Family, nation bid farewell to JFK Jr.

Kennedy, his wife and sister-in-law are buried at sea

John F. Kennedy Jr. -- 1969-1999

July 23, 1999|By Todd Richissin | Todd Richissin,SUN NATIONAL STAFF

WOODS HOLE, Mass. -- The family of John F. Kennedy Jr. gathered yesterday on seas that shone like glitter, committing his ashes to the deep of the choppy Atlantic Ocean while praying for his soul.

In a Roman Catholic burial at sea in keeping with Kennedy's wishes, patriarch Sen. Edward M. Kennedy joined about 15 other family members to release his nephew's remains, along with those of his wife, Carolyn Bessette Kennedy, and her sister, Lauren Bessette.

After a public memorial service last night in New York, a private Mass is scheduled for today in New York for Kennedy and his wife. Another is to be held tomorrow in Greenwich, Conn., for Lauren Bessette.

The three were killed instantly Friday, the Massachusetts medical examiner said yesterday, when the plane that Kennedy was piloting to Martha's Vineyard crashed into the Atlantic.

About 9 a.m. yesterday, just across the water from the island, a caravan of about a dozen cars carrying the Kennedy and Bessette families arrived at the picturesque Cape Cod fishing village of Woods Hole.

In the group, dressed all in black, was Kennedy's sister, Caroline Kennedy Schlossberg, the last living member of the immediate family that occupied the White House from 1961 to 1963.

In addition to her uncle, she was joined by her cousins, William Kennedy Smith and Maria Shriver; as well as Ann Freeman, the mother of the Bessette sisters; their stepfather, Dr. Richard Freeman; and Lauren Bessette's twin sister, Lisa Ann Bessette.

A crowd of mourners and curious was on hand to meet the families at the docks where they would depart for the service. Some in the crowd held flowers; others held signs.

Read one, flashed to the motorcade as it drove by: "We are praying for you."

The Coast Guard cutter Sanibel ferried the families to the Navy's USS Briscoe, which had arrived Wednesday night from Virginia at the direction of Defense Secretary William S. Cohen. The ship carried three folded American flags and three wreaths with red, yellow and white flowers.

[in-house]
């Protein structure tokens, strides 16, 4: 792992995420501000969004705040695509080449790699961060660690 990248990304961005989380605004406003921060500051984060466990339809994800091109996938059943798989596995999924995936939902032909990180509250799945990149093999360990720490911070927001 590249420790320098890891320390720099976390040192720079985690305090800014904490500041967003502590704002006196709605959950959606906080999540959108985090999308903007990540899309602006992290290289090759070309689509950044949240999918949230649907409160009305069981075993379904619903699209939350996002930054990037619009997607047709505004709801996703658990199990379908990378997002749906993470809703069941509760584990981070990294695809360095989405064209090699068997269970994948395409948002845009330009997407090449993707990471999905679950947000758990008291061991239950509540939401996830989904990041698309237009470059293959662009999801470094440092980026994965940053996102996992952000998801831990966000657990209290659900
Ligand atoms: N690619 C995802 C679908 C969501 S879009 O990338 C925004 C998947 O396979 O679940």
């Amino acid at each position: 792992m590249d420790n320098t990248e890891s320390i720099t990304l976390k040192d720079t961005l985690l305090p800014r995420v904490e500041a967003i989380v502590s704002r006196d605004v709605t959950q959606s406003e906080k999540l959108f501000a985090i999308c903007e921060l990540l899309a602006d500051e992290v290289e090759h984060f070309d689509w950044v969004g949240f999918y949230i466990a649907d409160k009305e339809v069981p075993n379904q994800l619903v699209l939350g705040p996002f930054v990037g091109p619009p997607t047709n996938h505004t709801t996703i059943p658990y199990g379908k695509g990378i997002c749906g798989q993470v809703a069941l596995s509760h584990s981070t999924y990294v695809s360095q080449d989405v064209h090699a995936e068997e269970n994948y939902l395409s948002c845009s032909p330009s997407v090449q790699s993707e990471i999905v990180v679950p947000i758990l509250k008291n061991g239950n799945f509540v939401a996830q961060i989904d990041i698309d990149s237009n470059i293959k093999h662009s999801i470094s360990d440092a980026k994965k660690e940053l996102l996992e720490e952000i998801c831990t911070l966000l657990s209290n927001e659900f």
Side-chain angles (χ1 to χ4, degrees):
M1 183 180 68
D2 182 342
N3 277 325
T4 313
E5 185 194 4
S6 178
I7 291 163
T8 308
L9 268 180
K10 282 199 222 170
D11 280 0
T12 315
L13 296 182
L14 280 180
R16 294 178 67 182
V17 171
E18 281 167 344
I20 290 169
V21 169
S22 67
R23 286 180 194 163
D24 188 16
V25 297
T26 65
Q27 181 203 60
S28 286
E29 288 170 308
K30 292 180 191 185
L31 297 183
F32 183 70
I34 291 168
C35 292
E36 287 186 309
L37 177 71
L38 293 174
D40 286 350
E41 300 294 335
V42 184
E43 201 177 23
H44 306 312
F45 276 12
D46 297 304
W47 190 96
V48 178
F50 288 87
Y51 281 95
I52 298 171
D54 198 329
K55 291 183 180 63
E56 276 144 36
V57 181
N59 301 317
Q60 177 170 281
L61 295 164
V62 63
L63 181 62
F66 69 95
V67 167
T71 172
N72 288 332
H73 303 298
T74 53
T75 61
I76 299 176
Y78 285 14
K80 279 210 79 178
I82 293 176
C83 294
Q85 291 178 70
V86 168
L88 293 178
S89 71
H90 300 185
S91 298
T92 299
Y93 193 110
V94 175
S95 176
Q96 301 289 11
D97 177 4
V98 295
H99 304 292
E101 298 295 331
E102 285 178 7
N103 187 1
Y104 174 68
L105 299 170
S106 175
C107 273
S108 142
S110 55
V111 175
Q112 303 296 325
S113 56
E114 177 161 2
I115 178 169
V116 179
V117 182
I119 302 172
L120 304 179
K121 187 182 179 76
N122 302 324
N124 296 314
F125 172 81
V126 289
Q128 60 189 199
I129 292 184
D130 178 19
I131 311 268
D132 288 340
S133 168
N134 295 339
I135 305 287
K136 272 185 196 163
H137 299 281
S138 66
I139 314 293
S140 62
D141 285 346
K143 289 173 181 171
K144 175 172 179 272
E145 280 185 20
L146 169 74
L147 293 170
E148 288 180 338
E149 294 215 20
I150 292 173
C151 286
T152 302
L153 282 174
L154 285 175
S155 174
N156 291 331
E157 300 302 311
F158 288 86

With the families aboard, the Briscoe cut slowly through the water toward the site where Kennedy's plane crashed, about seven miles from the westernmost end of Martha's Vineyard.

Helicopters and planes were not allowed within five miles of the ship, in an effort to make the burial as private as possible.

The Briscoe paused for about a half-hour at the crash site, presumably for services. On the shore, at the foot of the great red and blond cliffs of Gay Head, was a four-foot-high cross of driftwood.

On the bluffs above, which rise about 300 feet above the beach, a somber and nearly silent crowd gathered and looked to the water as the Briscoe passed by.

"I think the whole event is sad but it's beautiful," said Rhenda Brodnax, 50, who was visiting the island from Palm Coast, Fla. "I have a lot of sympathy for the family -- any family that has to endure this much tragedy. God's will be done, and let our faith get everyone through this situation."

Kennedy once referred to himself as a "struggling Catholic," but the ceremony, though at sea, was shaped by the rituals his family has relied on time and again.

Pentagon officials said the ceremony at sea included a Catholic priest, a Catholic Navy chaplain and Rear Adm. Barry Black, the Navy's deputy chief of chaplains.

As they prayed, so too did crew members aboard the USS John F. Kennedy, off the coast of Virginia.

"Today we commend our brother John F. Kennedy Jr. and our sisters Carolyn Bessette Kennedy and Lauren Bessette, who were taken from us suddenly and tragically," said the Rev. Sal Aguilera. "Look gently upon them, oh Lord, as we now entrust their souls to your refuge and your strength. Eternal rest grant unto them, oh Lord, and let perpetual light shine upon them."

Kennedy, 38, was flying his wife, 33, and sister-in-law, 34, from New Jersey to Martha's Vineyard on a night in which the horizon and lights of the island were obscured by darkness and a heavy, steamy haze. Their bodies were recovered Wednesday, autopsied that evening, then cremated and returned to their families for yesterday's ceremony.

Investigators say Kennedy's plane was plummeting more than 5,000 feet per minute when it slammed into the same waters he once sailed and where his ashes were spread yesterday.

For generations, the family has been drawn to the sea. Joseph P. Kennedy bought a summer home in the coastal town of Hyannis Port in the 1920s, and family members have been flocking to the three-house compound ever since.

The compound was Kennedy's destination. He planned to drop off Lauren Bessette in Martha's Vineyard, then to continue with his wife to Hyannis Port for the wedding of his cousin, Rory.

`Salt in our blood'

Yesterday, words that President John F. Kennedy spoke in 1962 echoed as his son was buried.

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